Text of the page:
Disasters happen anytime and anywhere. And when disaster strikes, you may not have much time to respond. A highway spill or hazardous material could mean evacuation. A winter storm could confine your family at home. An earthquake, flood, tornado, or any other disaster could cut water, electricity, and telephones-for days.
After a disaster, local officials and relief workers will be on the scene, but they cannot reach everyone immediately. You could get help in hours, or it may take days. Would your family be prepared to cope with the emergency until help arrives?
Your family will cope best by preparing for disaster before it strikes. One way to prepare is by assembling a Disaster Supplies Kit. Once disaster hits, you won't have time to shop or search for supplies. But if you've gathered supplies in advance, your family can endure an evacuation or home confinement. Prepare Your Kit
- Review the checklist below.
- Gather the supplies that are listed. You may need them if your family is confined at home.
- Place the supplies you'd most likely need for an evacuation in an easy-to-carry container. These supplies are listed with an asterisk (*).
- There are six basics you should stock for your home: water, food, first aid supplies, clothing and bedding, tools and emergency supplies, and special items. Keep the items that you would most likely need during an evacuation in an easy-to carry container–suggested items are marked with an asterisk(*).
Possible Containers Include-
- Store water in plastic containers such as soft drink bottles. Avoid using containers that will decompose or break, such as milk cartons or glass bottles. A normally active person needs to drink at least two quarts of water each day. Hot environments and intense physical activity can double that amount. Children, nursing mothers, and ill people will need more.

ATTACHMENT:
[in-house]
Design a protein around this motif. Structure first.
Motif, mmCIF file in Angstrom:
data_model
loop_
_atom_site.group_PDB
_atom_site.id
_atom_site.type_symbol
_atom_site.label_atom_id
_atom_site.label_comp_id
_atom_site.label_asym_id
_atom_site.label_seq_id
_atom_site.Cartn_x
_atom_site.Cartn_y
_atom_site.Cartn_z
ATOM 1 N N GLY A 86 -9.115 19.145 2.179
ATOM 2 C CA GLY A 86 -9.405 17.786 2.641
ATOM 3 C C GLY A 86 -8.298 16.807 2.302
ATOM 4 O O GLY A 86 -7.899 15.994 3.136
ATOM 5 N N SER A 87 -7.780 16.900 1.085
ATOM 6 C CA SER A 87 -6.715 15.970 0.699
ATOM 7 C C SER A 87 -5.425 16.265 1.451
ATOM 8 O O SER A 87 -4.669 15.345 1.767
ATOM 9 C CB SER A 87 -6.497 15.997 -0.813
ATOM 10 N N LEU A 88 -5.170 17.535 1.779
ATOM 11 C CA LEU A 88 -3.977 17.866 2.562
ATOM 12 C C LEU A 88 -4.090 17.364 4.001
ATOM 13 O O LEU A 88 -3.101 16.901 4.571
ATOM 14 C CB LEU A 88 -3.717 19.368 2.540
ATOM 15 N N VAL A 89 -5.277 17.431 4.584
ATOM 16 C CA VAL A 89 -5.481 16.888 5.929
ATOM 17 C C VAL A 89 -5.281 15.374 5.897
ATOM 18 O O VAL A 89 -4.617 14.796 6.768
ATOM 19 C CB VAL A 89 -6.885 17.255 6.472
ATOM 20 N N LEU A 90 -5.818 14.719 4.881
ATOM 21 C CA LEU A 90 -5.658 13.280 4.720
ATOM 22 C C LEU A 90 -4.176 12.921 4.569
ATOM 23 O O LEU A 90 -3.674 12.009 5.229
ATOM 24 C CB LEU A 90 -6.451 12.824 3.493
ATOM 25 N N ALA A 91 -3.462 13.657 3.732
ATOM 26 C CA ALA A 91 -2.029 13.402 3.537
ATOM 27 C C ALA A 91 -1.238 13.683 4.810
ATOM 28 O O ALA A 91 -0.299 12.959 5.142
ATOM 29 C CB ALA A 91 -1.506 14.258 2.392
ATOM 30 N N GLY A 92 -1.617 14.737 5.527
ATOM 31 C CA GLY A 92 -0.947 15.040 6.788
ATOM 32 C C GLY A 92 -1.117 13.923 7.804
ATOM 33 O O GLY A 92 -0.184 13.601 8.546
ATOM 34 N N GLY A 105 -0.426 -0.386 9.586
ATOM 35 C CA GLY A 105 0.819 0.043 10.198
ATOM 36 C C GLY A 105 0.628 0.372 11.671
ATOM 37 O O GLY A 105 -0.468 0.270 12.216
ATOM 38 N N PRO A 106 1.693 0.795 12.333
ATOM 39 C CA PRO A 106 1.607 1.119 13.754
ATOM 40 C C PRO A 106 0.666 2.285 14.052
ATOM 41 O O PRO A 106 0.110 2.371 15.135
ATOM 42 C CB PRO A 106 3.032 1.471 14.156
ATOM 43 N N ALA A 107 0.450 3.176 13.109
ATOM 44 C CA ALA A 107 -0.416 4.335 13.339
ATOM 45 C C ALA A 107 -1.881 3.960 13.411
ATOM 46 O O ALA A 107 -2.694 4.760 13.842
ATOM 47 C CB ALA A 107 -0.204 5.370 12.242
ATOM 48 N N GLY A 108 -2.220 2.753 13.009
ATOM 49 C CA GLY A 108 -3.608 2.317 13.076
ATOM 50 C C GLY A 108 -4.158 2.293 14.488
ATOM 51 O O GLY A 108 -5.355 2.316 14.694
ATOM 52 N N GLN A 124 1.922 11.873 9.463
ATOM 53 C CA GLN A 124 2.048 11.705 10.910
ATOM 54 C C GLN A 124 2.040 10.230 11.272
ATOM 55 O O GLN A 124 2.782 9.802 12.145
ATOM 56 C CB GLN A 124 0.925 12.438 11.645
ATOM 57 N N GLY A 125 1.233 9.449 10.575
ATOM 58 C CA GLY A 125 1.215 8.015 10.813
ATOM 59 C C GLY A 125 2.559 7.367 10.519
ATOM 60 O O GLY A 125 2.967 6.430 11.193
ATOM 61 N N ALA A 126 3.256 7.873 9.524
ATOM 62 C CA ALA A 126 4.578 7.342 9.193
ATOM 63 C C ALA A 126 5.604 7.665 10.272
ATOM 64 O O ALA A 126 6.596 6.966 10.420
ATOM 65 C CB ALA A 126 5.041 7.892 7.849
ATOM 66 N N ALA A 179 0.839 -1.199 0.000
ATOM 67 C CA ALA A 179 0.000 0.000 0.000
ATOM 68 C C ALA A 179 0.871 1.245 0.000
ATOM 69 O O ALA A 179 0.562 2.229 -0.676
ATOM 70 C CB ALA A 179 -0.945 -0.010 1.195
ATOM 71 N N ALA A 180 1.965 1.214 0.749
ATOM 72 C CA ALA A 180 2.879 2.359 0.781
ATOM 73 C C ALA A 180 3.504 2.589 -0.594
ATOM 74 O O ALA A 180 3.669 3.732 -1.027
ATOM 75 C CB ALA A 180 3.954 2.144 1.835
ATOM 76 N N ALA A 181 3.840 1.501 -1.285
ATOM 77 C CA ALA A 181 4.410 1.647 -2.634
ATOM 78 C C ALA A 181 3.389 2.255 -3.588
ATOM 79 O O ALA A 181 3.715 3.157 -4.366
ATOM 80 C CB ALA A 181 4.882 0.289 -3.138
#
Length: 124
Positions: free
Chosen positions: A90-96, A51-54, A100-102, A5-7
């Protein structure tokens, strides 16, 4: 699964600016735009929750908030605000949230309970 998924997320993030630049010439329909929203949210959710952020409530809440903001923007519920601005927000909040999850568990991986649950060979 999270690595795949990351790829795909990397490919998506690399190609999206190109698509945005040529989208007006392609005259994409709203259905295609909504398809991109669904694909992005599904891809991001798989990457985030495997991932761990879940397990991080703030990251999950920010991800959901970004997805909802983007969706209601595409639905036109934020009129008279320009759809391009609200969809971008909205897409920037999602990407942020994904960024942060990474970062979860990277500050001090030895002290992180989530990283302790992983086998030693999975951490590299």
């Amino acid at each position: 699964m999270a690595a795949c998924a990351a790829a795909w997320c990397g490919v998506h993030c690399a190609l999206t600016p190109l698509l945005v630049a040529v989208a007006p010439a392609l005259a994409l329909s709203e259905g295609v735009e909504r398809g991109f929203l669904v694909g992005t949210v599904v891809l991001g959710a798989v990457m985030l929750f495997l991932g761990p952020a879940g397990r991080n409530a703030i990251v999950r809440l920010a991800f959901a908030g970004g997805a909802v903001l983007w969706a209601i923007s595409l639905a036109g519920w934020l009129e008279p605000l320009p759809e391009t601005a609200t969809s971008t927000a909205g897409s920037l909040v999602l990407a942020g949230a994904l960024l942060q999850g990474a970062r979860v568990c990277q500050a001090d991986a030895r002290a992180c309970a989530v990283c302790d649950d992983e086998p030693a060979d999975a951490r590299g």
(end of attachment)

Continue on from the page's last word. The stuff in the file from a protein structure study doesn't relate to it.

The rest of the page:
- Store one gallon of water per person per day.
- Keep at least a three-day supply of water per day (two quarts for drinking, two quarts for each person in your household for food preparation/sanitation).*
- Store at least a three-day supply of non-perishable food. Select foods that require no refrigeration, preparation or cooking, and little or no water. If you must heat food, pack a can of sterno. Select food items that are compact and lightweight. *Include a selection of thee following foods in your Disaster Supplies Kit:
- Ready-to-eat canned meats, fruits, and vegetables
First Aid Kit Assemble a first aid kit for your home and one for each car. A first aid kit* should include:
- Aspirin or nonaspirin pain reliever
- Anti-diarrhea medication
- Antacid (for stomach upset)
- Syrup of Ipecac (use to induce vomiting if advised by the Poison Control Center)
- Activated charcoal (use if advised by the Poison Control Center)
Tools and Supplies
Clothing and Bedding
- Remember family members with special requirements, such as infants and elderly or disabled persons
- Games and books
Important Family Documents
- Keep these records in a waterproof, portable container:
- Will, insurance policies, contracts deeds, stocks and bonds
- Passports, social security cards, immunization records
- Bank account numbers
- Credit card account numbers and companies
- Inventory of valuable household goods, important telephone numbers
- Family records (birth, marriage, death certificates)
- Store your kit in a convenient place known to all family members. Keep a smaller version of the Disaster Supplies Kit in the trunk of your car.
- Keep items in airtight plastic bags. Change your stored water supply every six months so it stays fresh. Replace your stored food every six months. Re-think your kit and family needs at least once a year. Replace batteries, update clothes, etc.
- Ask your physician or pharmacist about storing prescription medications.